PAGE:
The 23rd Winter Olympics is only a week away! The 2018 Pyeongchang Olympics games are kicking off in South Korea next Thursday (8 February), followed by an opening ceremony on Friday (9 February). The global sporting fiesta will go on until 25 February.

Let's start with the practicalities:
The games will be broadcast on Eurosport from midnight until about 2pm everyday UK time. Highlights and recaps of the day will be televised during the afternoon and Eurosport satellite channels will show Winter Olympics-related events all day.

The BBC will also cover the events on its TV, radio and online platforms.

South Korea is nine hours ahead of GMT so if you want to watch some live events, you better wake up early, or watch the many replays that will be available online.

1. It's the first time South Korea is hosting the Winter Olympics and Paralympics.

The East Asian country hosted the Summer games in 1988, but it is hosting the Winter games for the first time. The sporting jamboree cost $12.9 billion to put together, which is almost 5 times less than the 2014 Winter Olympics held in Sochi, Russia, which cost a record breaking $51 billion.

It was third time lucky for South Korea who bid to host the game, after losing out to Sochi in 2014 and Vancouver in 2010. This moment has been a long time coming so we can expect great things.

Pyeongchang becomes the third Asian city to host the games in history and the first one outside Japan, who hosted them in Sapporo in 1972 and in Nagano in 1998.

Winter Olympics 2018
The 2018 Winter Olympics will be the most culturally diverse in the history of the games Getty Images/Alexander Hassenstein

2. The UK could do very very well

The UK will unleash its biggest Winter Olympics' team yet on the slopes and skating arenas of Pyeongchang. Team GB will be participating with a record number of 59 athletes, out of which 25 will be competing for the gold in alpine, cross country and freestyle skiing as well as snowboarding.

In 2014, the team brought home four Olympic titles, a feat only achieved once before in 1924.

This year, they are gunning for at least five Olympic medals but hope to win as many as 10.

The Team GB's snowboarders are all very young, with an average age of 24, and the British Olympic Association (BOA) has big hopes for them.

However, the heat is on for four‑time World Cup winner James Wood, who will compete in the Slopestyle event and is one of the favourites.

Freestyle skiers Izzy Atkin and Katie Summerhayes, who made it to the podium in several international competitions are also poised to do well.

3. It's the first time there will be a delegation from Africa

While Great Britain is banking on its most experienced athletes to bring home the medals, Nigeria is sending its first-ever Winter Olympians to Pyeongchang.

A team comprising three Nigerian-American women will compete in bobsled. What's more, the Nigerian delegation will actually be the first African delegation to make it to the Winter Games. Well done, ladies!

Nigeria Winter Olympics
Seun Adigun, Akuoma Omeoga and Ngozi Onwumere, members of the Nigerian Women's Bobsled Team will make their Winter Olympics debut in Pyeongchang REUTERS/Shannon Stapleton

4. Actually, six delegations will make their Winter Games debut in 2018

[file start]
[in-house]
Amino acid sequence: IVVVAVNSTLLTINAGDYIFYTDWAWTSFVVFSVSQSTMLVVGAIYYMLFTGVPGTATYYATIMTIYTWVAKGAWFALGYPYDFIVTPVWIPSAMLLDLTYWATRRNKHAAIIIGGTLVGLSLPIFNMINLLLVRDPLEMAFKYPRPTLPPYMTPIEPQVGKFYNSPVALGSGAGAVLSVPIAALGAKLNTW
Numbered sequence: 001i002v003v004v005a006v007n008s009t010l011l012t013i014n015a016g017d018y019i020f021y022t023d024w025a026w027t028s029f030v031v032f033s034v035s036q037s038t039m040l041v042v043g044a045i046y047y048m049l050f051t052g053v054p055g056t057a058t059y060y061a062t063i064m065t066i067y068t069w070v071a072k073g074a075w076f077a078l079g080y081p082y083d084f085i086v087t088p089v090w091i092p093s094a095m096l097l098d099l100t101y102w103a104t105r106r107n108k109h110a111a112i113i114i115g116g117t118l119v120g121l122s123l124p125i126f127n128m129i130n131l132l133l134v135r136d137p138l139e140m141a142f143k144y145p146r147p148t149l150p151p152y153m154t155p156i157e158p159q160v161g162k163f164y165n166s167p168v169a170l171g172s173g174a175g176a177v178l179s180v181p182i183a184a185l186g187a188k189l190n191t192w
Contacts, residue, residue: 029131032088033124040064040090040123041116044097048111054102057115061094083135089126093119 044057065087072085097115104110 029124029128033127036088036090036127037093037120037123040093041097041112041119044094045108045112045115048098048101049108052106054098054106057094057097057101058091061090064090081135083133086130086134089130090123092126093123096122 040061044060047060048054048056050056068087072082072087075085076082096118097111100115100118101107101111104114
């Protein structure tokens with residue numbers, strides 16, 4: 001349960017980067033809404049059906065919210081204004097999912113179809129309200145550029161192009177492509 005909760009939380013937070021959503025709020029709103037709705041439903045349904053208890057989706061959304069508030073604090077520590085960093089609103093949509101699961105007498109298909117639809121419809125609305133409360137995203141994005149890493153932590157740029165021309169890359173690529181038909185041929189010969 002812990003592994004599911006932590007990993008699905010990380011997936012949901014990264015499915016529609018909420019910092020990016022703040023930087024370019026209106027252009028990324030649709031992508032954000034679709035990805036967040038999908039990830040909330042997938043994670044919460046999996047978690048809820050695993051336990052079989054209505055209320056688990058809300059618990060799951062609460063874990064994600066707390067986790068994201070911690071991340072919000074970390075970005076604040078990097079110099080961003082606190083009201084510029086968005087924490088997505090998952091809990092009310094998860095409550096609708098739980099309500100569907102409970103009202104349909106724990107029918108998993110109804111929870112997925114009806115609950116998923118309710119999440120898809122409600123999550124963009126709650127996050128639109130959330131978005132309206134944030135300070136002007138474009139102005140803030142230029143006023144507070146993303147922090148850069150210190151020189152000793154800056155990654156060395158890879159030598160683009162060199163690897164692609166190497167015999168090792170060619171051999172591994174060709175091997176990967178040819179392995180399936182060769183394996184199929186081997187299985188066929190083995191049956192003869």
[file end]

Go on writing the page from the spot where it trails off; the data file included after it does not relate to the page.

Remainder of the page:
Apart from Nigeria, the Olympic committees of Ecuador, Eritrea, Kosovo, Malaysia and Singapore will all be making their debuts at Pyeongchang this year.

Eritrea and Kosovo will take part in alpine skiing while Malaysia will compete in both alpine skiing and figure skating. Singapore's sole athlete, Cheyenne Goh, will feature in short track speed skating.

Ecuador's flag-bearer, Klaus Jungbluth Rodriguez is one to keep an eye on: he's known as the 'Tarmac Skier' and created an Ecuadorian Skiing Federation from scratch all by himself.

5. There are new weird sports

If you like curling, how about watching even more of it with some curling mixed DOUBLES?

And what about some speed skating with a mass participation element, which can only be described as a speed skating version of 'Games Of Thrones', were about 15 men or women have to make each other fall in order to finish first?

The 2018 Games also features an Alpine skiing team event, which looks pretty similar to normal alpine skiing, except skiers have to compete in parallel in teams of 8 instead of going solo.

The most impressive new addition must be big-air snowboarding, where athletes go off from massive kickers and are propelled up an equally big slide in order to perform their best tricks.

Look at how cool it is based on this must-see compilations brought together by the X Games?

6. They are the most culturally diverse games in Winter Olympics history

Back in 2016, #Olympicssowhite trended on Twitter during the Rio games. On the other hand, Pyeongchang registered the biggest contingent of black athletes and coaches in Winter Olympics history. While experts say the issue is far from settled and needs to be addressed more, they celebrate this big step towards more representation and inclusiveness.

Figure skater Adam Rippon will be the first openly gay man to represent the United States at the Winter Olympics. Freestyle skier Gus Kenworthy was the second homosexual man to qualify for Team US after Rippon.

So, excited yet? Tune in at 10:30am on Friday 8 February to see the Games' opening ceremony, which will feature all the Olympics committees.

Adam Ripon Olympics
Figure skater Adam Rippon is the first openly gay male athlete to compete at the Winter Olympics. He will represent the United States at the Pyeongchang games Getty Images/Ezra Shaw